Yearning for a Church Transformed

14 May

“We can no longer wait inside our sanctuaries to welcome those
who want to become Episcopalian….We can continue to watch our church dwindle
until it someday becomes an endowed museum to the faith of our forebears….
Or we can lose our life for Jesus’ sake so that we might save it.”

The text above is from a document I am proud to have been on the team to create: A Memorial to the Church. The text is meant to give focus to the work of the General Convention of the Episcopal Church which meets next month in Salt Lake City. My friends and I created nothing new. Not only did will build on the good work done by the Task Force for Reimagining the Episcopal Church, but the decline of mainline Christian churches is no secret and so many of us across a number of denominations are all looking how how best to be faithful in these changing circumstances. Life-giving transformation must come. Fortunately, the Holy Spirit is quite capable of making all things new.

What is a Memorial?
A Memorial is an odd term used by the Episcopal Church for a written statement urging action by the General Convention. Memorials written by Chicago, Montana, New Jersey, and South Florida in 1964 led to a name change dropping “Protestant” from the “Protestant Episcopal Church in the United States.” More notably William Augustus Muhlenberg and others presented a Memorial to the House of Bishops in 1853 which touched off increased ecumenical work by our church.

Not a New “Decade of Evangelism”
Following the lead of the 1988, meeting of all the bishops of the Anglican Church, called the Lambeth Conference, the General Convention of the Episcopal Church named the 1990s as the Decade of Evangelism. Let’s forget for the moment that a church declaring a Decade of Evangelism is like an airline declaring a Decade of Flight. The 1990s saw steeper church decline than in previous decades. This doesn’t mean evangelism is a bad idea. The decline just means we, as a denomination, didn’t share the Gospel the way we hoped. But we never really thought we could grow the Body of Christ by passing resolutions in meetings did we?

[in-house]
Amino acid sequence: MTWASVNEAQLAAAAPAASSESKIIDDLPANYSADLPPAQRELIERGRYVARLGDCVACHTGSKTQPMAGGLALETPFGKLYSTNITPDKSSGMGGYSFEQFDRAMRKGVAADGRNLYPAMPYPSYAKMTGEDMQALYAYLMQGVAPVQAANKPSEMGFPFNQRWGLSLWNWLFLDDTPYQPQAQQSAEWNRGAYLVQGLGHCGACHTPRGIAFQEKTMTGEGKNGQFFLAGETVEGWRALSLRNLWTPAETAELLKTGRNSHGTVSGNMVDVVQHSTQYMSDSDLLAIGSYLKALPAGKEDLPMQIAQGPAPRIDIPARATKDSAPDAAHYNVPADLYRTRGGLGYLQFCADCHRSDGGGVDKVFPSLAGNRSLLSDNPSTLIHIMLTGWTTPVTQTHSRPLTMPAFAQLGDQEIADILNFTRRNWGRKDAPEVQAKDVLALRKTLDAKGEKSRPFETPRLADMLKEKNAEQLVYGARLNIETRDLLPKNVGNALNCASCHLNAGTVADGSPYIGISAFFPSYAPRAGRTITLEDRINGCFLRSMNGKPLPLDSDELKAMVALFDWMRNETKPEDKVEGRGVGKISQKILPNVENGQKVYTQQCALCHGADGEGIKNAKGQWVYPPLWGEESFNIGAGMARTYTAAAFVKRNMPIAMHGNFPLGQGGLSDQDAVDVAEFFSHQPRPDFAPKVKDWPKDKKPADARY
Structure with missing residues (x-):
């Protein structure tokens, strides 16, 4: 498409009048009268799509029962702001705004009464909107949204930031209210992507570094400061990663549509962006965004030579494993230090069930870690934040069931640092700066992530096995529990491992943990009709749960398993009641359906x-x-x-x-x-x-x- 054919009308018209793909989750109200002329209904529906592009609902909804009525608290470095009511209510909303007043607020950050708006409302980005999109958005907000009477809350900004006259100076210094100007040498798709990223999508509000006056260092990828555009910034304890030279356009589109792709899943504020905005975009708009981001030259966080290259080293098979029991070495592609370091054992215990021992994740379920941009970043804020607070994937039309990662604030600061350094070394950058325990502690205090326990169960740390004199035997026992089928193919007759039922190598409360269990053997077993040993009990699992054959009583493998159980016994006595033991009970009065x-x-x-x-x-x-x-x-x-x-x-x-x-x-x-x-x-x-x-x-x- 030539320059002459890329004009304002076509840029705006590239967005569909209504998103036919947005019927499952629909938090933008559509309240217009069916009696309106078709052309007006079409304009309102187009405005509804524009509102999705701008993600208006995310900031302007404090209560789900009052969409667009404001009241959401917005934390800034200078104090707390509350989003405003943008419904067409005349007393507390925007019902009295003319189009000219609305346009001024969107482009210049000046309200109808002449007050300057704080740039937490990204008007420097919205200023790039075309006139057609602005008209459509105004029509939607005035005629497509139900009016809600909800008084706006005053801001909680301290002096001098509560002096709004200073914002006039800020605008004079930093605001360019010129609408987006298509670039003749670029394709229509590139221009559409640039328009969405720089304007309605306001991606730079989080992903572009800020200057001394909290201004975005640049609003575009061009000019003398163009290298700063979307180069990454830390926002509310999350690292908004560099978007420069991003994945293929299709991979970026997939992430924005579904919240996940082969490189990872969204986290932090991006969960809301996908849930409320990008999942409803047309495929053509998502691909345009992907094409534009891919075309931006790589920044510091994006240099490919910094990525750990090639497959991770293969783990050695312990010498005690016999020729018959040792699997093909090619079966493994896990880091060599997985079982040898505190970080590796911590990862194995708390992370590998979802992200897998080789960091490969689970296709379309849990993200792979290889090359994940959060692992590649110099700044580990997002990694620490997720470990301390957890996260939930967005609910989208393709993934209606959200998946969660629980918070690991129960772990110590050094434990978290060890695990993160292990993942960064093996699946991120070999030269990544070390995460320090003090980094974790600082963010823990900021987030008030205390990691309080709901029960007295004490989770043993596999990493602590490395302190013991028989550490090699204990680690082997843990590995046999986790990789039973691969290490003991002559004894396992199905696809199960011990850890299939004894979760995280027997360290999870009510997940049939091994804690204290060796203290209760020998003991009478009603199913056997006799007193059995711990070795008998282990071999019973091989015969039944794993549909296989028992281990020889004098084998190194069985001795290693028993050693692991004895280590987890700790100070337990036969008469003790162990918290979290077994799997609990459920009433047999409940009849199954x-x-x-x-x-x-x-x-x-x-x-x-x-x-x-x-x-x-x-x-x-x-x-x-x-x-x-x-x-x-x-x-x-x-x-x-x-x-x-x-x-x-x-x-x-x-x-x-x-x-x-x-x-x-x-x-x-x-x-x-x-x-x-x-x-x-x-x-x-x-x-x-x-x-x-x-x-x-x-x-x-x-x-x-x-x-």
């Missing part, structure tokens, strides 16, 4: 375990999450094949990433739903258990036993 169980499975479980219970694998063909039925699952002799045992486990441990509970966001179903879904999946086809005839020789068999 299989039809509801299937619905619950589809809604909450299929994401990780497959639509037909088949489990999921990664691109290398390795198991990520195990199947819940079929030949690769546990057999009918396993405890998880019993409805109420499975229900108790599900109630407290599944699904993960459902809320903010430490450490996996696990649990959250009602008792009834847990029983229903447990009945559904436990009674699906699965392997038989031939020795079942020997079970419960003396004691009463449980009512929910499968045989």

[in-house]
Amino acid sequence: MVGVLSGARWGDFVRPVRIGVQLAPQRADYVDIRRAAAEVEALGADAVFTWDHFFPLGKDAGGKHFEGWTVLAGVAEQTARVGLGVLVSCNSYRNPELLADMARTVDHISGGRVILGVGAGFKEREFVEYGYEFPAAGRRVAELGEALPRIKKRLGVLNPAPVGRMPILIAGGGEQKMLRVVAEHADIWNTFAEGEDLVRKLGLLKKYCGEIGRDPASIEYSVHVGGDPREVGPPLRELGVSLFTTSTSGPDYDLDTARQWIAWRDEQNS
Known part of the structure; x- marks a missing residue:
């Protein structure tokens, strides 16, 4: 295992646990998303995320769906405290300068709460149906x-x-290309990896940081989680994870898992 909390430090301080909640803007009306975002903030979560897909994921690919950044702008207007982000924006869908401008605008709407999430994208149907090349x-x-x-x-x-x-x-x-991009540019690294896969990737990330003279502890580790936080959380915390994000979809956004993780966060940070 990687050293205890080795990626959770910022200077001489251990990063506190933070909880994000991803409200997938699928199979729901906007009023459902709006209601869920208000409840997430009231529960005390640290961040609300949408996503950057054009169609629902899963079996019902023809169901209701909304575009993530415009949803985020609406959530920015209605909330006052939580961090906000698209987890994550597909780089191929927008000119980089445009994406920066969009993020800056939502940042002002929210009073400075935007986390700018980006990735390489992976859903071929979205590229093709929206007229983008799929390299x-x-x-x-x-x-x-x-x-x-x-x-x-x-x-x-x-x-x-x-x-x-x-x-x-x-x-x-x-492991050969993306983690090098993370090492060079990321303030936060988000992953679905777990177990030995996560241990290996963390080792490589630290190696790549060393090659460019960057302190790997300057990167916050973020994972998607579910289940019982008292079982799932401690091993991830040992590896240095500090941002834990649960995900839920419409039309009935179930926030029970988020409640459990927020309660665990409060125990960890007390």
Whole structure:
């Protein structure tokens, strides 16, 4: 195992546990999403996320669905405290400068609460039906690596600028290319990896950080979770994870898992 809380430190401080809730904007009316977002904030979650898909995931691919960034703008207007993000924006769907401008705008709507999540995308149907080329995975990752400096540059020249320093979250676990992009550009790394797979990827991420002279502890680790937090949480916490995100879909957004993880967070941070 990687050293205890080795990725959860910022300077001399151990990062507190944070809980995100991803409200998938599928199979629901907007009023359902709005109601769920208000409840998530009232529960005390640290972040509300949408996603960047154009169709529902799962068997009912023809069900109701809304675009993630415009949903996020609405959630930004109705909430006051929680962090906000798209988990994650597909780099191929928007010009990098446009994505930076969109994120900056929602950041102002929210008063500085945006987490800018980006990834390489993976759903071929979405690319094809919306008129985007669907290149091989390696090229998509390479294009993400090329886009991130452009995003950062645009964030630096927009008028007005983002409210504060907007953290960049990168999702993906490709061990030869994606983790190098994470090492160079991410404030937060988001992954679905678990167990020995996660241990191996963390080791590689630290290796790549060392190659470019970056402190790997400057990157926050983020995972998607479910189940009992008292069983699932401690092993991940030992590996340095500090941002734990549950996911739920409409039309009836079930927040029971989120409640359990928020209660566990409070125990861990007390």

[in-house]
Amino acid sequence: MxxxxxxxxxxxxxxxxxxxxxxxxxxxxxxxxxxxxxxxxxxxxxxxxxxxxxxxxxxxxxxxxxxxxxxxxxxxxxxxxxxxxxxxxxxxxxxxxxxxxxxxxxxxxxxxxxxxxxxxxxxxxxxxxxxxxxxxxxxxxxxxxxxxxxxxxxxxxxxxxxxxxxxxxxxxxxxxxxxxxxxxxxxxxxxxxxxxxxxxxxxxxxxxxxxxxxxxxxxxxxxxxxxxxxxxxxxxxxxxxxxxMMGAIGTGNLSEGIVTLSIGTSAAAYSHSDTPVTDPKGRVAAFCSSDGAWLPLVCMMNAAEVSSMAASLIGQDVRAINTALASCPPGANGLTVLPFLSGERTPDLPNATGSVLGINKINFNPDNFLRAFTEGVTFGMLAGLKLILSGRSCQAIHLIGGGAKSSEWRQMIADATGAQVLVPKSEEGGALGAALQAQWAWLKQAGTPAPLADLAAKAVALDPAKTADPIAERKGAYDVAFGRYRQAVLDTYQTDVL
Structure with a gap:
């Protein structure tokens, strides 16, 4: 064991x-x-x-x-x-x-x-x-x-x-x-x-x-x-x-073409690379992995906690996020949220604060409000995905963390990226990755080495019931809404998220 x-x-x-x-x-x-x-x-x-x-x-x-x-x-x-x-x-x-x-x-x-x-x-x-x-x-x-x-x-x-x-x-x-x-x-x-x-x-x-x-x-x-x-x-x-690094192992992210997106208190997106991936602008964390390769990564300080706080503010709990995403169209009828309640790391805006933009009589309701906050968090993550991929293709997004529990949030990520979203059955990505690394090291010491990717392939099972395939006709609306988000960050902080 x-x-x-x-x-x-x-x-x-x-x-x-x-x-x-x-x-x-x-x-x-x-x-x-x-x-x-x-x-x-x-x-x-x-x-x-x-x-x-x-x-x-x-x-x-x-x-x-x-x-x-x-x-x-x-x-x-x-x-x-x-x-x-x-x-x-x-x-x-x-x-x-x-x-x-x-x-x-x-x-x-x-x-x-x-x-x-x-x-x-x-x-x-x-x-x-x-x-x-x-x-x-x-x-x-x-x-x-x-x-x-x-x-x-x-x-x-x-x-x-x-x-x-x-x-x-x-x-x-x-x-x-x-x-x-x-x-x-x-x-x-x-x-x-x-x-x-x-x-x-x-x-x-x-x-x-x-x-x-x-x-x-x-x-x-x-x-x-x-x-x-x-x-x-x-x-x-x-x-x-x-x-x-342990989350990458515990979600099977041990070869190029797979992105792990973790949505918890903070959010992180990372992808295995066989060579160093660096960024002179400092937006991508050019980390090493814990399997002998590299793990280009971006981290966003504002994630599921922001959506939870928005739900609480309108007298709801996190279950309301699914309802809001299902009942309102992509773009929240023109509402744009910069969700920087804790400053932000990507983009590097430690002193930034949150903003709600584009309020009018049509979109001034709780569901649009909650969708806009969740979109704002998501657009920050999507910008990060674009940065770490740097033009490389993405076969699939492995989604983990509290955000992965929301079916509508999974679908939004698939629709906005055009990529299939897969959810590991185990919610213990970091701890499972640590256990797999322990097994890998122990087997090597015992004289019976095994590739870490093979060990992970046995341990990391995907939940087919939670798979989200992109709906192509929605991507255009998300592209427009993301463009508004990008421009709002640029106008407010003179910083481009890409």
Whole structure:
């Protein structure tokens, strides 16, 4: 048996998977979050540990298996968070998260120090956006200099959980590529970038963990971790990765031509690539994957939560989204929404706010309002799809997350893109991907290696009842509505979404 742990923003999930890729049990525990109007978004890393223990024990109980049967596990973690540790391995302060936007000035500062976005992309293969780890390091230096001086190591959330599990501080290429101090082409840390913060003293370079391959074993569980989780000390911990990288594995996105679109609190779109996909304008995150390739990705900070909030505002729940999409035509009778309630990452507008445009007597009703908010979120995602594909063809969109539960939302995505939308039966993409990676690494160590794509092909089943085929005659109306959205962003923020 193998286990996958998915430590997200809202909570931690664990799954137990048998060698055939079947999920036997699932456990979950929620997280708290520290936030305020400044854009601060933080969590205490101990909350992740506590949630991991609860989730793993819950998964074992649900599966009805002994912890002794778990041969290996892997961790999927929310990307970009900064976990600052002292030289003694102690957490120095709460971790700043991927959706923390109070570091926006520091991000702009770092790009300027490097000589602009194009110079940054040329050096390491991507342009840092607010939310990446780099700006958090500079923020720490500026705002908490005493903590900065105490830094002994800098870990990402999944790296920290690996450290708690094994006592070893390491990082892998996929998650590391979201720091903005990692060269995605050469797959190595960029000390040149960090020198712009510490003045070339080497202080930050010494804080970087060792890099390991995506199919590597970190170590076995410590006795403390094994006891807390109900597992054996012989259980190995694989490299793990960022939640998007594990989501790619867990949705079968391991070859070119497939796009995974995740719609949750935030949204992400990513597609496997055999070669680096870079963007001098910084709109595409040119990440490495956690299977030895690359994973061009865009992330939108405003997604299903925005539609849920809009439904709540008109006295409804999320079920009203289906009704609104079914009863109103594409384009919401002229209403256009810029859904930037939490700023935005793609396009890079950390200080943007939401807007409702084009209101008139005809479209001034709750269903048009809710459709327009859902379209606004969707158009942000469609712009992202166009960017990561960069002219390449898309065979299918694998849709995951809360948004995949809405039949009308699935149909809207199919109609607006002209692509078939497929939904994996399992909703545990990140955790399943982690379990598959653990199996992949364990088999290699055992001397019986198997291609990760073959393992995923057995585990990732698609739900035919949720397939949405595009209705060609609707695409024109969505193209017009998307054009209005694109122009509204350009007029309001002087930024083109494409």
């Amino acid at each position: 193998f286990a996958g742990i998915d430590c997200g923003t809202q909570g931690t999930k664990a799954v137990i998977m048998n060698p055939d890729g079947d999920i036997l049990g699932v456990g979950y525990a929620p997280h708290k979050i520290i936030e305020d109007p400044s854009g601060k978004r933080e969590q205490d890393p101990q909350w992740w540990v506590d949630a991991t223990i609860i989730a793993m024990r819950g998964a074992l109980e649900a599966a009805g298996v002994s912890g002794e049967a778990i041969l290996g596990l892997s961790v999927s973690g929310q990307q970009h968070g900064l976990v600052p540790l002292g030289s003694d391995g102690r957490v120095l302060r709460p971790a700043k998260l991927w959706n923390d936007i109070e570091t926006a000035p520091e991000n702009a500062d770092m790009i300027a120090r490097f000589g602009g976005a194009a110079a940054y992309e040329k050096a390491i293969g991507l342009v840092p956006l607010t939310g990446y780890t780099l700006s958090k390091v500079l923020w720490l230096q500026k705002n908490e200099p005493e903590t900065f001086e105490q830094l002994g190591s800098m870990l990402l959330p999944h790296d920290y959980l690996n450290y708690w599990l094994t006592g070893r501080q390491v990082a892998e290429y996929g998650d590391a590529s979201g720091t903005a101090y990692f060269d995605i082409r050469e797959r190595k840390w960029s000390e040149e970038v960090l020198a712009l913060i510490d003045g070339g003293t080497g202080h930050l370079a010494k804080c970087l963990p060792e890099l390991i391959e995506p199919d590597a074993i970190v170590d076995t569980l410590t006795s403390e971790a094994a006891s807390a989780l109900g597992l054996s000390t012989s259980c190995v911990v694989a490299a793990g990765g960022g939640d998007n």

This is why the present Memorial to the Church acknowledges clearly that none of what we might hope will occur other than on a foundation of reading scripture, praying individually and corporately, and serving God through serving others. In that sense, we don’t need the General Convention to bring about the transformation for which we yearn. That just comes through faithfully following Jesus and sharing the love of God with others.

Specific Action to Make this Real
The Memorial gains meaning when it is made real with actions of the General Convention which live into the change for which it calls. So, those of us who wrote the Memorial also crafted nine resolutions that give substance to the initiative. I will write about these resolutions in the coming days, but they are all gathered with the Memorial at

Please note that you will see people have joined us in signing the Memorial, but doing so is not endorsement for this group of resolutions. Each Deputy and Bishop will prayerfully decide their own way to support the goals of the Memorial through the votes they cast in Convention. But the key is that each of us who sign the Memorial agree that this is the vision toward which we are working. We hold in common a desire to remove obstacles embedded in current structures and to refocus “our energies from building up a large, centralized, expensive, hierarchical church-wide structure, to networking and supporting mission at the local level, where we all may learn how to follow Jesus into all of our neighborhoods.”

I believe if we take concrete action in support of this while building up the Body of Christ through the practices of the faith we uphold, then whether the specific resolutions found at that website pass or not, the General Convention will begin to turn our beloved church toward the right goal.


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